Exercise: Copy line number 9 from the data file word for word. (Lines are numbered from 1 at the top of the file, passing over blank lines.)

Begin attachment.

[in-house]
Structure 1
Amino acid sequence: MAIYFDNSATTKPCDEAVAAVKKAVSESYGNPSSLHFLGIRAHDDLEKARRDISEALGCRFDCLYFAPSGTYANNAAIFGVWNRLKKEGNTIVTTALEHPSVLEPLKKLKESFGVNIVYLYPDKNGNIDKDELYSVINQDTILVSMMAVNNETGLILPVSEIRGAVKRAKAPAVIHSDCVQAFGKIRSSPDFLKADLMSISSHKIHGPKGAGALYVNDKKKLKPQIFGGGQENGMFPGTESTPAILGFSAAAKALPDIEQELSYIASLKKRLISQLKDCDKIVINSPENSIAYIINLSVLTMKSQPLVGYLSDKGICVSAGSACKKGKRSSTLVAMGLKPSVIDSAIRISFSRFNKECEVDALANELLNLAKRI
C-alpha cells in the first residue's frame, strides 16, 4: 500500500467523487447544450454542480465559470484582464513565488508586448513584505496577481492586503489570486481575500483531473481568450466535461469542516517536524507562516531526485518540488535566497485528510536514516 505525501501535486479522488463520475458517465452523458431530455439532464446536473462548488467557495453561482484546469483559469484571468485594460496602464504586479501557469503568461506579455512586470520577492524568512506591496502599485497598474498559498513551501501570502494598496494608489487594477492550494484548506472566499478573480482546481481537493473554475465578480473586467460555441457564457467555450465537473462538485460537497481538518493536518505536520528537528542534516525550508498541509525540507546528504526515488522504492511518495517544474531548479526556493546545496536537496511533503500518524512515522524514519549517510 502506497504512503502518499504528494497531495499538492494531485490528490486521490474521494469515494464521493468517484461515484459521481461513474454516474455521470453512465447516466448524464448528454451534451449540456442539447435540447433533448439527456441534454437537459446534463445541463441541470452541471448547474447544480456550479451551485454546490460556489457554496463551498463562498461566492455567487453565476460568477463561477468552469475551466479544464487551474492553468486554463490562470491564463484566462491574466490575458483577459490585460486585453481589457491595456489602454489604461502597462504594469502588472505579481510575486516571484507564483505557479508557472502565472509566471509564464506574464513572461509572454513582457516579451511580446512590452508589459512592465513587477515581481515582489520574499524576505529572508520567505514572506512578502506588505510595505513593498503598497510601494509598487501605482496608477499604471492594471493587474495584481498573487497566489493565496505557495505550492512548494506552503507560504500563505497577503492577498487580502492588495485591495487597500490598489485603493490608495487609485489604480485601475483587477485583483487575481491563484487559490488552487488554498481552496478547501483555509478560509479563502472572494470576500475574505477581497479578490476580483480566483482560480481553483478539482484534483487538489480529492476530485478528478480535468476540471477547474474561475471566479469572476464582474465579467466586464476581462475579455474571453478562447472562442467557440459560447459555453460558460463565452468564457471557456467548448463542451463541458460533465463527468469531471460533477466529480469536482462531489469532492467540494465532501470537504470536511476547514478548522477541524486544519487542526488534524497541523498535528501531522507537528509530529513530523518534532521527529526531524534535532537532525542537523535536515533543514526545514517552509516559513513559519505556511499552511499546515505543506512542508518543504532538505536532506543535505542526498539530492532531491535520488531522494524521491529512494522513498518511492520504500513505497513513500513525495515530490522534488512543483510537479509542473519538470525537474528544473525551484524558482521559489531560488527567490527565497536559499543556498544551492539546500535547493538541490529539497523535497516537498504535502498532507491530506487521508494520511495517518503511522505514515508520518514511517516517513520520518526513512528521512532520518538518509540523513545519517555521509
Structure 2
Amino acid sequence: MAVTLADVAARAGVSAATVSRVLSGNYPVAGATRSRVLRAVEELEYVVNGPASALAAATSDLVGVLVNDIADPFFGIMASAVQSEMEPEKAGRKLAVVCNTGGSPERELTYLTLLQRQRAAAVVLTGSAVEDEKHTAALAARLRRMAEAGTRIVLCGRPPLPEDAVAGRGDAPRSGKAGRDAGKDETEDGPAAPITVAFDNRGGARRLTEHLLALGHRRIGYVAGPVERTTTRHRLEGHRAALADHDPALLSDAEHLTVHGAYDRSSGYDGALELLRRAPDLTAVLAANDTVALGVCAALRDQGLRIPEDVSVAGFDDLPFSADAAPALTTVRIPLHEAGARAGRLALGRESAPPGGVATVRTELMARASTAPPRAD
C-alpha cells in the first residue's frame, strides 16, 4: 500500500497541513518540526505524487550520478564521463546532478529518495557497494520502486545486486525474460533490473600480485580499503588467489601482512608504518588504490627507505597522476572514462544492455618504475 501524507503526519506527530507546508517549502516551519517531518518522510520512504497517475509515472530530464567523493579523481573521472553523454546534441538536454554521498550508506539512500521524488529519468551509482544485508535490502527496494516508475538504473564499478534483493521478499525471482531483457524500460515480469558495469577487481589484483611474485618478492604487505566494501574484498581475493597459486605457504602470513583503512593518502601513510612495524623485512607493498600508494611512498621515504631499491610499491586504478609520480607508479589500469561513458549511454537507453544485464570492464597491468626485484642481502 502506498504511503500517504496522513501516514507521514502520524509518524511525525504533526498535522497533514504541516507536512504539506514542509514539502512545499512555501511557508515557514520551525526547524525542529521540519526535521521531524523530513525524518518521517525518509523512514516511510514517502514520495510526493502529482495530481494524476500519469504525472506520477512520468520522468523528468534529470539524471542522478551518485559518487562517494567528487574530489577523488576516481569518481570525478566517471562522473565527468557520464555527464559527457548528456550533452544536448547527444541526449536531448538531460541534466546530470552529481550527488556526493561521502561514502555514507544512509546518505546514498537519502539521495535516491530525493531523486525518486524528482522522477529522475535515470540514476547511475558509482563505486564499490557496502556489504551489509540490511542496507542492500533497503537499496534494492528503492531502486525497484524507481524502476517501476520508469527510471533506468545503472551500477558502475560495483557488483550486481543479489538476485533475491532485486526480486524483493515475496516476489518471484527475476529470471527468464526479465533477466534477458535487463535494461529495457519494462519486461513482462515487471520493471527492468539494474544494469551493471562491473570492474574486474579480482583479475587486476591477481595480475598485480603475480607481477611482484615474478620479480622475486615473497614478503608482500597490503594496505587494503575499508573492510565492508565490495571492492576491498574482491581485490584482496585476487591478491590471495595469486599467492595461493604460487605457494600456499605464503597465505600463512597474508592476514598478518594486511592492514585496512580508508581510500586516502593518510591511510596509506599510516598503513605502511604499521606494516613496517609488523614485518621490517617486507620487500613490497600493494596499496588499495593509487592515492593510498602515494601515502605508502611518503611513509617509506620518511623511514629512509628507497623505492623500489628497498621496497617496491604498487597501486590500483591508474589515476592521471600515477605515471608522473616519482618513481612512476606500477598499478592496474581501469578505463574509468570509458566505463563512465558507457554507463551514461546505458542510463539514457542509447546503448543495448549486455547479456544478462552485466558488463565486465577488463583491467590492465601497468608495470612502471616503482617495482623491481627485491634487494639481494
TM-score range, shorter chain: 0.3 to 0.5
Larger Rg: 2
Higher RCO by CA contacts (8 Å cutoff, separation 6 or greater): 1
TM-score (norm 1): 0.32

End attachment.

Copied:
Larger Rg: 2